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Sympathomimetics are a class of drugs whose effects mimic those of a stimulated sympathetic nervous system. As such they increase cardiac output, dilate bronchioles, and usually produce constriction of blood vessels. Sympathomimetics include the naturally occurring substances such as adrenaline (epinephrine), noradrenaline (norepinephrine), dopamine, ephedrine, and cocaine, as well as the synthetic drugs pseudoephedrine, phenylephrine, phenylpropanolamine, amphetamine and methamphetamine, among others.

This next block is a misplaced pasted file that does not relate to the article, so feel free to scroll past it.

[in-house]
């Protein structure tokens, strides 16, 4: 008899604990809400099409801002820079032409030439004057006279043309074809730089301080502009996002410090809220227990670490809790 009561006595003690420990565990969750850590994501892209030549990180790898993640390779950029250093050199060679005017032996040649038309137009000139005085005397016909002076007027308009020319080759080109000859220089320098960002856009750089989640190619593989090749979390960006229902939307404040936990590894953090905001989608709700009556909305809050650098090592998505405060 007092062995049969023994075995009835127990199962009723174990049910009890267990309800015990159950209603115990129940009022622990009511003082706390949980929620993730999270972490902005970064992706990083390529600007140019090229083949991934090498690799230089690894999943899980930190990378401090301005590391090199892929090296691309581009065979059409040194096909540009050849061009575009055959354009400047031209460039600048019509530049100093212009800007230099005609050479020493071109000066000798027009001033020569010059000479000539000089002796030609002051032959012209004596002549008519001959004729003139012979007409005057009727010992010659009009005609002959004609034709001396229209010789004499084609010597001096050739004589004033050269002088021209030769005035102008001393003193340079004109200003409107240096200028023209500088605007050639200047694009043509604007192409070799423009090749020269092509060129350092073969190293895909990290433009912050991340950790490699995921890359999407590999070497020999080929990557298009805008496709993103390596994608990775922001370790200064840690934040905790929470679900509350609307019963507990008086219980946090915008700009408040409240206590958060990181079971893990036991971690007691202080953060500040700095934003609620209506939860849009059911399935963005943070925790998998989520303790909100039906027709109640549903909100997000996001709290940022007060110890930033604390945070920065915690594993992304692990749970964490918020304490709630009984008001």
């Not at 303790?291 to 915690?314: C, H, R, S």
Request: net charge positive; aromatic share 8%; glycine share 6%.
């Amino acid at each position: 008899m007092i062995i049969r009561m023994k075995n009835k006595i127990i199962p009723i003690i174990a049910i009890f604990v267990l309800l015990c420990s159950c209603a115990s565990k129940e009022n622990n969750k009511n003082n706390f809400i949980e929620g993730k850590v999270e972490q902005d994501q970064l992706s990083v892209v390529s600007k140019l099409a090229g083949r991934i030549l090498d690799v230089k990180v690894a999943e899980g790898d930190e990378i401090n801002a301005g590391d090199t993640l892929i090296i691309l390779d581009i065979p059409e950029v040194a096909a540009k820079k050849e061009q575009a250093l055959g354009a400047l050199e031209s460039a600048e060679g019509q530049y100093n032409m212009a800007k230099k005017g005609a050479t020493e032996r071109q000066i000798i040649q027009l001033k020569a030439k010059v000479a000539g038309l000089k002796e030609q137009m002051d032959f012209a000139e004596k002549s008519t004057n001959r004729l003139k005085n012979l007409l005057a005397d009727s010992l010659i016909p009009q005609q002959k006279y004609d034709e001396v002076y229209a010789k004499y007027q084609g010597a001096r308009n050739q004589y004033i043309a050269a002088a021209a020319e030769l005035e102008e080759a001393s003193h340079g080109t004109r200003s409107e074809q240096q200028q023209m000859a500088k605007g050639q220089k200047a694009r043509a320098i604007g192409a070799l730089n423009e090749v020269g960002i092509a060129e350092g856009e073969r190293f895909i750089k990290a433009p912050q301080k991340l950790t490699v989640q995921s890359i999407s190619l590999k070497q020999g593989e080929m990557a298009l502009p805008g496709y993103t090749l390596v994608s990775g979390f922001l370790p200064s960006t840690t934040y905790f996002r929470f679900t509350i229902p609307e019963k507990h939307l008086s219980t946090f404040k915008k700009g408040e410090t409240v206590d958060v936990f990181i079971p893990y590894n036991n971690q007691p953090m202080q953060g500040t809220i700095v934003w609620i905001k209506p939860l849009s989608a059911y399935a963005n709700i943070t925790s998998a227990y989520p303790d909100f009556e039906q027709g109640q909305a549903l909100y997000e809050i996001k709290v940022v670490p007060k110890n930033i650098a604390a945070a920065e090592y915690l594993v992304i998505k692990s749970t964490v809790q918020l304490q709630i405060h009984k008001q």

In medicine, certain sympathomimetics are commonly prescribed in cardiac emergencies including shock, asthma and anaphylaxis, in some cases for weight loss, and in cold remedies, where they shrink swollen membranes in the upper respiratory tract.
In recent years, phenylpropanolamine has been removed from over-the-counter cold formulations after it was implicated in causing an increased risk of hemorrhagic stroke.
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